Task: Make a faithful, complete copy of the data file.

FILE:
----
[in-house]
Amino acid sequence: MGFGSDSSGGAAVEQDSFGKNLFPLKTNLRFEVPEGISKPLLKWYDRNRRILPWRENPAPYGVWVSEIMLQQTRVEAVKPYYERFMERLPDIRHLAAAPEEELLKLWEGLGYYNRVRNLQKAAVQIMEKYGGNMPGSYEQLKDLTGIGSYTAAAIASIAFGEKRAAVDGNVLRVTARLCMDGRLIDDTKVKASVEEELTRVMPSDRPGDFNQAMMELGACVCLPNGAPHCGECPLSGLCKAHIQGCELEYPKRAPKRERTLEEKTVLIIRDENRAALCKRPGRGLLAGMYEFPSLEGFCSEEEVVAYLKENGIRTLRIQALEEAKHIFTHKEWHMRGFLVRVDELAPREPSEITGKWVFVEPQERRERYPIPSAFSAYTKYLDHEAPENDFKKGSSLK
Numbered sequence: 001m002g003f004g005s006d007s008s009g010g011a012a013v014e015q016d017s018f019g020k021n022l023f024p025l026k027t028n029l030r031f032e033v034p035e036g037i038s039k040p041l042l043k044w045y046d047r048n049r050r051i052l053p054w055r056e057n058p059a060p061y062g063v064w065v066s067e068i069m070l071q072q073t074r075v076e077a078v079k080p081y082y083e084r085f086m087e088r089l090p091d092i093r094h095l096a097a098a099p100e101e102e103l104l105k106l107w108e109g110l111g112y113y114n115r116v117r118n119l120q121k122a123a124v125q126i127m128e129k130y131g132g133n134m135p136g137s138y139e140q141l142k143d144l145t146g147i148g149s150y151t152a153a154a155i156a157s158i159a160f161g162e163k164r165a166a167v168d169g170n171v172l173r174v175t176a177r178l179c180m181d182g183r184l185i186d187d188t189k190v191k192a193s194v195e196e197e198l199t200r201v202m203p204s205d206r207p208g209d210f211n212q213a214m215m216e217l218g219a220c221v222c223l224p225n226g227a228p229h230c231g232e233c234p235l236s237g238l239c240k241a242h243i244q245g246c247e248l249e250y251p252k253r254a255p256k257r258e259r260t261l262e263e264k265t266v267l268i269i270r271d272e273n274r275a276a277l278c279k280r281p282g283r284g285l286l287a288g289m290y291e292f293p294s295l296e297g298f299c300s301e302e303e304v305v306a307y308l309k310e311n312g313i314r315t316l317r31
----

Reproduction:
[in-house]
Amino acid sequence: MGFGSDSSGGAAVEQDSFGKNLFPLKTNLRFEVPEGISKPLLKWYDRNRRILPWRENPAPYGVWVSEIMLQQTRVEAVKPYYERFMERLPDIRHLAAAPEEELLKLWEGLGYYNRVRNLQKAAVQIMEKYGGNMPGSYEQLKDLTGIGSYTAAAIASIAFGEKRAAVDGNVLRVTARLCMDGRLIDDTKVKASVEEELTRVMPSDRPGDFNQAMMELGACVCLPNGAPHCGECPLSGLCKAHIQGCELEYPKRAPKRERTLEEKTVLIIRDENRAALCKRPGRGLLAGMYEFPSLEGFCSEEEVVAYLKENGIRTLRIQALEEAKHIFTHKEWHMRGFLVRVDELAPREPSEITGKWVFVEPQERRERYPIPSAFSAYTKYLDHEAPENDFKKGSSLK
Numbered sequence: 001m002g003f004g005s006d007s008s009g010g011a012a013v014e015q016d017s018f019g020k021n022l023f024p025l026k027t028n029l030r031f032e033v034p035e036g037i038s039k040p041l042l043k044w045y046d047r048n049r050r051i052l053p054w055r056e057n058p059a060p061y062g063v064w065v066s067e068i069m070l071q072q073t074r075v076e077a078v079k080p081y082y083e084r085f086m087e088r089l090p091d092i093r094h095l096a097a098a099p100e101e102e103l104l105k106l107w108e109g110l111g112y113y114n115r116v117r118n119l120q121k122a123a124v125q126i127m128e129k130y131g132g133n134m135p136g137s138y139e140q141l142k143d144l145t146g147i148g149s150y151t152a153a154a155i156a157s158i159a160f161g162e163k164r165a166a167v168d169g170n171v172l173r174v175t176a177r178l179c180m181d182g183r184l185i186d187d188t189k190v191k192a193s194v195e196e197e198l199t200r201v202m203p204s205d206r207p208g209d210f211n212q213a214m215m216e217l218g219a220c221v222c223l224p225n226g227a228p229h230c231g232e233c234p235l236s237g238l239c240k241a242h243i244q245g246c247e248l249e250y251p252k253r254a255p256k257r258e259r260t261l262e263e264k265t266v267l268i269i270r271d272e273n274r275a276a277l278c279k280r281p282g283r284g285l286l287a288g289m290y291e292f293p294s295l296e297g298f299c300s301e302e303e304v305v306a307y308l309k310e311n312g313i314r315t316l317r31